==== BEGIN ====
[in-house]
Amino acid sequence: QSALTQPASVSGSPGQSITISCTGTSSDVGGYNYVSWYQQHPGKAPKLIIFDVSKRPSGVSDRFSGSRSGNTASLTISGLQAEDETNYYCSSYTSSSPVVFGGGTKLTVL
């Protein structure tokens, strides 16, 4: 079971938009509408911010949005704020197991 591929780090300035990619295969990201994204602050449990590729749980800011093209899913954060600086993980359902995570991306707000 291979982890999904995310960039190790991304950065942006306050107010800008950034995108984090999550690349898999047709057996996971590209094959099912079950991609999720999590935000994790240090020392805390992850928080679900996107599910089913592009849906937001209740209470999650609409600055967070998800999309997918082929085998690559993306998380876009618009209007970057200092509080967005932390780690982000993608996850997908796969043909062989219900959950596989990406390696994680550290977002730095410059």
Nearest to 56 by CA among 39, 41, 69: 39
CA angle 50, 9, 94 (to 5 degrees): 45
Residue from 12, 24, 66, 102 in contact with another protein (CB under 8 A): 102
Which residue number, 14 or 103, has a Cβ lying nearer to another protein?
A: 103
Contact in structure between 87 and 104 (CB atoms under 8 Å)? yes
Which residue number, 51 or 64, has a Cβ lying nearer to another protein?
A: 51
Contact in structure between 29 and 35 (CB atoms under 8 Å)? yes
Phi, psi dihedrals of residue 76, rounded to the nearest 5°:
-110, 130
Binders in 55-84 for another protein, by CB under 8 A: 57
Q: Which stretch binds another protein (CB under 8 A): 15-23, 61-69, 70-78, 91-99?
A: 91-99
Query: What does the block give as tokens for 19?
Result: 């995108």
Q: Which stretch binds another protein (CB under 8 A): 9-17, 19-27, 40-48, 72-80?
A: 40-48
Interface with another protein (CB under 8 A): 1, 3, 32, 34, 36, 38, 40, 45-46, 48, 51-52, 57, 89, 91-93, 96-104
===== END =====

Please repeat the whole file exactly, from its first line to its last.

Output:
[in-house]
Amino acid sequence: QSALTQPASVSGSPGQSITISCTGTSSDVGGYNYVSWYQQHPGKAPKLIIFDVSKRPSGVSDRFSGSRSGNTASLTISGLQAEDETNYYCSSYTSSSPVVFGGGTKLTVL
């Protein structure tokens, strides 16, 4: 079971938009509408911010949005704020197991 591929780090300035990619295969990201994204602050449990590729749980800011093209899913954060600086993980359902995570991306707000 291979982890999904995310960039190790991304950065942006306050107010800008950034995108984090999550690349898999047709057996996971590209094959099912079950991609999720999590935000994790240090020392805390992850928080679900996107599910089913592009849906937001209740209470999650609409600055967070998800999309997918082929085998690559993306998380876009618009209007970057200092509080967005932390780690982000993608996850997908796969043909062989219900959950596989990406390696994680550290977002730095410059």
Nearest to 56 by CA among 39, 41, 69: 39
CA angle 50, 9, 94 (to 5 degrees): 45
Residue from 12, 24, 66, 102 in contact with another protein (CB under 8 A): 102
Which residue number, 14 or 103, has a Cβ lying nearer to another protein?
A: 103
Contact in structure between 87 and 104 (CB atoms under 8 Å)? yes
Which residue number, 51 or 64, has a Cβ lying nearer to another protein?
A: 51
Contact in structure between 29 and 35 (CB atoms under 8 Å)? yes
Phi, psi dihedrals of residue 76, rounded to the nearest 5°:
-110, 130
Binders in 55-84 for another protein, by CB under 8 A: 57
Q: Which stretch binds another protein (CB under 8 A): 15-23, 61-69, 70-78, 91-99?
A: 91-99
Query: What does the block give as tokens for 19?
Result: 């995108």
Q: Which stretch binds another protein (CB under 8 A): 9-17, 19-27, 40-48, 72-80?
A: 40-48
Interface with another protein (CB under 8 A): 1, 3, 32, 34, 36, 38, 40, 45-46, 48, 51-52, 57, 89, 91-93, 96-104